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Parents, students and secondary schools in Macao / Tchiang Van Man, Isabel.

By: Tchiang, Van Man.
Contributor(s): Morrison, Keith [Supervisor.] | University of Saint Joseph School of Education. Education.
Publisher: Macau : University of Saint Joseph, 2009Description: xxiii, 620 pages : ill. ; 28 cm.Subject(s): University of Saint Joseph -- Thesis and Dissertations -- PhD in Education (D-SE) | Education School of EducationOnline resources: Full Text (USJ Only) Dissertation note: In Partial Fulfillment of the Requirements for the Degree of Master of Science in Education in the School of Arts, Letters and Sciences, Macau Inter-University Institute, January 2009.
List(s) this item appears in: Doctoral Thesis (USJ)
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Theses and Dissertations Theses and Dissertations USJ Library - Ilha Verde Campus
Theses and Dissertations D-SE 2009 TCH,VAN (Browse shelf) Not for loan 20107

Supervisor : Keith Morrison.

In Partial Fulfillment of the Requirements for the Degree of Master of Science in Education in the School of Arts, Letters and Sciences, Macau Inter-University Institute, January 2009.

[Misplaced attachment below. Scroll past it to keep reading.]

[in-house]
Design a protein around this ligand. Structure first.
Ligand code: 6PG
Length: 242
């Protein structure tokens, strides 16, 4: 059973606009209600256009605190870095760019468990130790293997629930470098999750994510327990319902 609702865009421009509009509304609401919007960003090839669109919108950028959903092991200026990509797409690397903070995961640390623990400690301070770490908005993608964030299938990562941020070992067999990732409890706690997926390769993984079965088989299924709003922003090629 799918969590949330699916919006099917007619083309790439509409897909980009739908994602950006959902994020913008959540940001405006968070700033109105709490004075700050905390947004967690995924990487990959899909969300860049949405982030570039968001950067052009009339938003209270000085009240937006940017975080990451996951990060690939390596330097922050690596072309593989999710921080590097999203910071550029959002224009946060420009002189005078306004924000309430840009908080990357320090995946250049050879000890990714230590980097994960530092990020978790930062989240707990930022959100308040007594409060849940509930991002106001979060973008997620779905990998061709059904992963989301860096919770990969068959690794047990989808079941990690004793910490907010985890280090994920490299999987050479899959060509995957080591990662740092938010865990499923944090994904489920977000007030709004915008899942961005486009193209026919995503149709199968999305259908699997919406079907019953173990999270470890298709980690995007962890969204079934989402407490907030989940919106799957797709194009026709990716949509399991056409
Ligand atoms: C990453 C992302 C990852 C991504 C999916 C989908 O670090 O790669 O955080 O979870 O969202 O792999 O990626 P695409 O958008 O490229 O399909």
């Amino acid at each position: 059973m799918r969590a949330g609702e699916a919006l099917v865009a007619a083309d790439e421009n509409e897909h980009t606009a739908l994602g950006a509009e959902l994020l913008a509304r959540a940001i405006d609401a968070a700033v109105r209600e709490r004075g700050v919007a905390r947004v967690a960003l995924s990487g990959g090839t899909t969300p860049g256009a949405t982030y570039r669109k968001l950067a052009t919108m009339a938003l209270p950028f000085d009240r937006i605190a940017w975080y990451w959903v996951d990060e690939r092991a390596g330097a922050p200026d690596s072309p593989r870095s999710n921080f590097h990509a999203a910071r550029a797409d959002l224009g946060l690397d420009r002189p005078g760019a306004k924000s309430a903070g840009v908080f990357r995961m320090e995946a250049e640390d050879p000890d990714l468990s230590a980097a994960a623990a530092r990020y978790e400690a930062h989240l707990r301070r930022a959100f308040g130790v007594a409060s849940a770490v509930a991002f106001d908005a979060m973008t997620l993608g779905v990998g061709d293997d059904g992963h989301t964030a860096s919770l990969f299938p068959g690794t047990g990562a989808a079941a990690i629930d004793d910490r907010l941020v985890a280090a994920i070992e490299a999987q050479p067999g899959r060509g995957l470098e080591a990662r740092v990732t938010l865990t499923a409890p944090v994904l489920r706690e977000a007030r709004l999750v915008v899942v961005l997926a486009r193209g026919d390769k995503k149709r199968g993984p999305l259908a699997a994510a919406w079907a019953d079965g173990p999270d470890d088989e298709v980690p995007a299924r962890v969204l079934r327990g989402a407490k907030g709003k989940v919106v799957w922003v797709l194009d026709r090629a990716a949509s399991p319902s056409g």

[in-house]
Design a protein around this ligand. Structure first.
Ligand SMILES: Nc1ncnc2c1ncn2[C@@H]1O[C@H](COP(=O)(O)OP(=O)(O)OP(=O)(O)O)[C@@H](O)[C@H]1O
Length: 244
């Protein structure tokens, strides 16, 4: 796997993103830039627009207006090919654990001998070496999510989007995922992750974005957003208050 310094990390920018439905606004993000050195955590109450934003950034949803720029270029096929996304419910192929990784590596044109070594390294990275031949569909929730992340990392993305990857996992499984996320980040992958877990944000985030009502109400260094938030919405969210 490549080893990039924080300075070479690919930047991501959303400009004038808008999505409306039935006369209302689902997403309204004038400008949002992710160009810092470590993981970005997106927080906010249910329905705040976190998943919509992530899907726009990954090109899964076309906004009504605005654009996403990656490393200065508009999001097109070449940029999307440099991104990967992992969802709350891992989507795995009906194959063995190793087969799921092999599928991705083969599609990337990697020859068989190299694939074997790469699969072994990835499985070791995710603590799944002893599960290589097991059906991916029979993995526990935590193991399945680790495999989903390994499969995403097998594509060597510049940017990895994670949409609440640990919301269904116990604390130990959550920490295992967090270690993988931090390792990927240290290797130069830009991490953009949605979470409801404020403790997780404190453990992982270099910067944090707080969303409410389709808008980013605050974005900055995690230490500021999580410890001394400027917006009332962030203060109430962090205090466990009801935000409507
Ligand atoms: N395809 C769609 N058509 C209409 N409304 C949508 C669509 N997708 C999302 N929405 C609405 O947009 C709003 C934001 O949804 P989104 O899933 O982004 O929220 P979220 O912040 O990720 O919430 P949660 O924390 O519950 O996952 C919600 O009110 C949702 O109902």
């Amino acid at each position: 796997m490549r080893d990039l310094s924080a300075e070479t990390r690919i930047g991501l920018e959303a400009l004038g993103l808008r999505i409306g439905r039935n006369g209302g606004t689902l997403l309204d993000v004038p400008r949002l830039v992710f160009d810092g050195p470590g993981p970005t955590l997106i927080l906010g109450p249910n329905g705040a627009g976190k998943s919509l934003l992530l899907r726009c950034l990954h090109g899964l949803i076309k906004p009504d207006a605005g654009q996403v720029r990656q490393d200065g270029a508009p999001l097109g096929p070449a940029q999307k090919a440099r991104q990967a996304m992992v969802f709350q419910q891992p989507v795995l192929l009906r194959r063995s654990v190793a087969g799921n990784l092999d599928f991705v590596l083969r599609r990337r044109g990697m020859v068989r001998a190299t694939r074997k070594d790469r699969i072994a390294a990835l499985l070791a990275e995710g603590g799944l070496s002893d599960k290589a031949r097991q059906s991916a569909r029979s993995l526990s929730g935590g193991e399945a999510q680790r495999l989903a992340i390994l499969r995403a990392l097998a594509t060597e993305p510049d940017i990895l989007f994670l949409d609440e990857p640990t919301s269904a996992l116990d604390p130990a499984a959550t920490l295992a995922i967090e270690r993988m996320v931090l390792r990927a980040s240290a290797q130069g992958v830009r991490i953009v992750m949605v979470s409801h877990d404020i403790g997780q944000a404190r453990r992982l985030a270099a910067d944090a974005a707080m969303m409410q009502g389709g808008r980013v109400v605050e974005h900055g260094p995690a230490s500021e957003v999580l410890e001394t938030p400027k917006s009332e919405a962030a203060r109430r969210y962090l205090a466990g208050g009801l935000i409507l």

Includes bibliographical references and indexes.

Macao, a developing city, has been undergoing rapid and significant changes economically, culturally, and socially, partly as a consequence of the changes to the economy brought about by the gaming and tourism industry. Changes in Macao have had a major impact on its schools. Parents have a significant impact on students in school, and Macao’s secondary schools are having to handle a range of challenges and problems brought by students and their parents, many of these as a result of the changes in the wider society of Macao. The response of many schools to the challenges faced is limited, and they understate and under-use the important role played by more developed forms of parental involvement in schools. This study examines the nature, scope and extent of the problems that secondary schools in Macao are having to handle from parents and students, how the schools are handling them, and what needs to be done in order to address the problems and handle them more effectively. Through a large scale survey, interviews and a small scale questionnaire, the thesis identifies key problems facing the schools from students and parents, and it reveals that many of Macao’s secondary schools are ill-equipped to handle these, and there are many signs that the problems are becoming more acute. The thesis finds that negative parental behavior has had a stronger effect on students than positive parental behavior, and it finds that there are several reasons why the schools, in their present state, cannot address these matters effectively. A significant gap is found between what the schools indicate they should be doing and what they are actually doing to address increased parental involvement in order to impact positively on Macao’s students. Recommendations are made for intervention and action.

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